2.  Creation of a permanent absentee voter list. Voters would have the option                of opting in to receive ballots by mail before every election rather than                    having to apply each time.

        3.  Establishing a Native American Voting Rights Act intended to better                         coordinate access to the polls on tribal land and allow the use of tribal                   buildings as a voter-registration address for people without a traditional                 address.

        4.  Automatic restoration of voting rights for inmates exiting prison. Under                  the current system, they must complete probation or parole before                          registering to vote again. There are 21 states that automatically restore                  voting rights after incarceration. Another 16, including  New Mexico,                       require someone convicted of a felony to complete their entire sentence,               including probation and parole, before registering to vote.”

        5. Calling for election day to be a state holiday.


Ahtza D. Chavez, executive director of NM Native Vote, said the bill includes specific provisions for Native American voters. Some of the “commonsense protections” in the bill include federally mandated language translations during early voting, the use of official tribal buildings as mailing addresses for people who don’t have traditional mailing addresses and “tribal input to accommodate tribal preferences” in redistricting.  Chavez said this:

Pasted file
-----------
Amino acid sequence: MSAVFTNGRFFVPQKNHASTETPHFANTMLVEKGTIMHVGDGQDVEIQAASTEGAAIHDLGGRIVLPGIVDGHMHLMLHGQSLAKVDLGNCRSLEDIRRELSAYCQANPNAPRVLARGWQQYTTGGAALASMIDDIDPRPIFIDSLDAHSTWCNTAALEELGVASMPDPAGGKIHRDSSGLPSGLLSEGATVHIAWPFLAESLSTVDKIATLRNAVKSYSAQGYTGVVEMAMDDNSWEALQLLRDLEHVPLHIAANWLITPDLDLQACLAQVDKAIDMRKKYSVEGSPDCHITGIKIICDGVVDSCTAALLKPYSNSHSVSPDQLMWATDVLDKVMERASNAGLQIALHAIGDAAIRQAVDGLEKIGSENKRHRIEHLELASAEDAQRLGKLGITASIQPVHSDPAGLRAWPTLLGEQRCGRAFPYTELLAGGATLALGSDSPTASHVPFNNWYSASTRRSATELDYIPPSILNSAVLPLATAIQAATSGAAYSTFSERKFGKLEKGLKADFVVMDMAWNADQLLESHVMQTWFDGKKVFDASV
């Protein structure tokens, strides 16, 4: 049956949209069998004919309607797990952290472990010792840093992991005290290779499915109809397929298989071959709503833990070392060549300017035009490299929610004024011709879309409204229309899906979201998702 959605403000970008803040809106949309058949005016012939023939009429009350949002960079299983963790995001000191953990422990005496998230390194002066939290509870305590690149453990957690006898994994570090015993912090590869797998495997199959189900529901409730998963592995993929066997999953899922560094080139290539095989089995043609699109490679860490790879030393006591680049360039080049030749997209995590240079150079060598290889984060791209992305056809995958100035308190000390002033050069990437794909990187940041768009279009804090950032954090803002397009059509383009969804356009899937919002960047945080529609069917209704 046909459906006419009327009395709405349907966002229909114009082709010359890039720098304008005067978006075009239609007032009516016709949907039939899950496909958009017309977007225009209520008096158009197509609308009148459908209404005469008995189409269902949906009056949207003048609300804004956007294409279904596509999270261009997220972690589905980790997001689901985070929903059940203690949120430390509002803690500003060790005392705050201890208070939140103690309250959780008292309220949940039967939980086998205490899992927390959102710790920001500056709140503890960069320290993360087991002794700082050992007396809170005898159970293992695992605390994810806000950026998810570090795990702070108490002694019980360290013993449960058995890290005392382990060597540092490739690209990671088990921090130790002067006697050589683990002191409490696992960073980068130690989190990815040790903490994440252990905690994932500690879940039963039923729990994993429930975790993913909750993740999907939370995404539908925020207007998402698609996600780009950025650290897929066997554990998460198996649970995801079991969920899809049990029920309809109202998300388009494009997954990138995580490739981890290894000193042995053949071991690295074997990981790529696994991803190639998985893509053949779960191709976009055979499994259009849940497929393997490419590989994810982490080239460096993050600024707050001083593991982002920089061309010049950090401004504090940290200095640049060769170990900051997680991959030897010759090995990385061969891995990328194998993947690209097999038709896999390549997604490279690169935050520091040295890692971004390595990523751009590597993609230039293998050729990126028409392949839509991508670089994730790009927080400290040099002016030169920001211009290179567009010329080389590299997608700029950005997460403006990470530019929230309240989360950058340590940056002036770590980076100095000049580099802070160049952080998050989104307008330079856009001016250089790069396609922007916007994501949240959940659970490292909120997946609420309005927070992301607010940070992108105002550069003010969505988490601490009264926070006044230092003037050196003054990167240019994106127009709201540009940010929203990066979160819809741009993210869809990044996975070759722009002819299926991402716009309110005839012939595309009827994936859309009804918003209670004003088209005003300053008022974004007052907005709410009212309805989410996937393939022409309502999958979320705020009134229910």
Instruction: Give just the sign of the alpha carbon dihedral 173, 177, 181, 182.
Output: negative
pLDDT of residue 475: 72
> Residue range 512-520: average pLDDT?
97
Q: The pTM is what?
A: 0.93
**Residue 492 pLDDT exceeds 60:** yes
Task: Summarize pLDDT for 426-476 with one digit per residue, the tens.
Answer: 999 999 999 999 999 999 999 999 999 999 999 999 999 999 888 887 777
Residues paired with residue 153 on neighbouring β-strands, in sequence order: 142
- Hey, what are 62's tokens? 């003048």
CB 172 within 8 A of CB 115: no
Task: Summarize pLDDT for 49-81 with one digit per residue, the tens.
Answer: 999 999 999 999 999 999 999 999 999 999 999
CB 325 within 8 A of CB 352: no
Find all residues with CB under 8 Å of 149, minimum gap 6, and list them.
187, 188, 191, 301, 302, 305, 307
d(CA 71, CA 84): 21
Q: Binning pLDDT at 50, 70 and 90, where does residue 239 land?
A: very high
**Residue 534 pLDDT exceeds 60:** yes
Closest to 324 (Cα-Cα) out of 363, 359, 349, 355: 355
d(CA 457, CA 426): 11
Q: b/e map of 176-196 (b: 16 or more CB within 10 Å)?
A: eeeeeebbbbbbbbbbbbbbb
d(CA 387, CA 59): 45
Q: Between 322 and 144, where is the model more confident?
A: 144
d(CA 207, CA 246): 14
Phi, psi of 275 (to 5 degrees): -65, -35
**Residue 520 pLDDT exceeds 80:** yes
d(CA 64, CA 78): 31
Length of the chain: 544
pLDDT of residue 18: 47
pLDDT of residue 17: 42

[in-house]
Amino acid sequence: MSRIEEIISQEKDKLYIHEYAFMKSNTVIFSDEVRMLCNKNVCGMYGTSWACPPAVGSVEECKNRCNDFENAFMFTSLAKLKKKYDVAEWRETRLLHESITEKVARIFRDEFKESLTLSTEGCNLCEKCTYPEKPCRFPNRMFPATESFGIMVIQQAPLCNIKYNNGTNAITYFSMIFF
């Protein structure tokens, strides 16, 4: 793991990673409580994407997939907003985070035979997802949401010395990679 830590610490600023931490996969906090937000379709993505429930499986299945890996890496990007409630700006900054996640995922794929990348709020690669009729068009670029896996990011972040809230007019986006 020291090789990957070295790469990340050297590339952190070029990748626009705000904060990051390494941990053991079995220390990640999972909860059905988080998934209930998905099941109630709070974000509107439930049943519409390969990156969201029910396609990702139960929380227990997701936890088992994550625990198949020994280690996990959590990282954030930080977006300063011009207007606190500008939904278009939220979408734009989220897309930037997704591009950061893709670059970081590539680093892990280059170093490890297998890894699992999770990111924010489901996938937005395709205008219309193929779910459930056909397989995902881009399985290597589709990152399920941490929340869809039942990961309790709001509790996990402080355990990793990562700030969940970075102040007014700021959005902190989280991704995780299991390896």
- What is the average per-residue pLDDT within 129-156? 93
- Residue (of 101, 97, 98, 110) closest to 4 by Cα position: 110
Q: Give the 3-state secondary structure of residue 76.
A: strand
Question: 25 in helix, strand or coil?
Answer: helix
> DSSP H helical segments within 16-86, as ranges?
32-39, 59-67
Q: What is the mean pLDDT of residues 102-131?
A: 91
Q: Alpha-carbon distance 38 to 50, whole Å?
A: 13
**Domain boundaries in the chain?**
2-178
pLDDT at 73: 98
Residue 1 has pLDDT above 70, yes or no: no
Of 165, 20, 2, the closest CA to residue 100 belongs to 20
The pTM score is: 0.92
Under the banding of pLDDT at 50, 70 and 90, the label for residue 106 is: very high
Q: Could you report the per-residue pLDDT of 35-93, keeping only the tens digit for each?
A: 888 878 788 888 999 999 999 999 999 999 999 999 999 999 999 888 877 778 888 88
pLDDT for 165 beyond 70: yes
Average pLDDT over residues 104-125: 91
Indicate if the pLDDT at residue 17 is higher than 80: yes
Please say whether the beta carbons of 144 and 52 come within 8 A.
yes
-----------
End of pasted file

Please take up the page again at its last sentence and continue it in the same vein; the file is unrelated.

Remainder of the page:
“New Mexico has been a state since 1912, but our communities, our Native communities, were only granted the right to vote in 1948,” she said. “Native Americans face obstacles at every turn throughout the political process. This bill would increase voter participation and access across the state.”


New Mexico  House Speaker Javier Martínez made it clear that  the protection of voting rights will be a priority. Martínez said this:

“As other states are rolling back voting rights and restricting access to the ballot box, New Mexico will continue to work hard to ensure that we remove unnecessary barriers so that all eligible voters can make their voices heard. … Our government works better when all people, no matter their walk of life, have a voice in who represents them.  [The  bill provisions are] critical to safeguarding our democracy.”

Democrat House Majority Leader Gail Chasey  called the legislation  a “game-changing piece of legislation.” Chasey said this:

“At its core, it modernizes our elections and empowers our voters, making it easier for thousands of New Mexicans to register and to vote. … There’s simply too much at stake for our state and for our country — from reproductive rights to climate change to social justice to our economy — to allow only a portion of our citizens to have a vote.”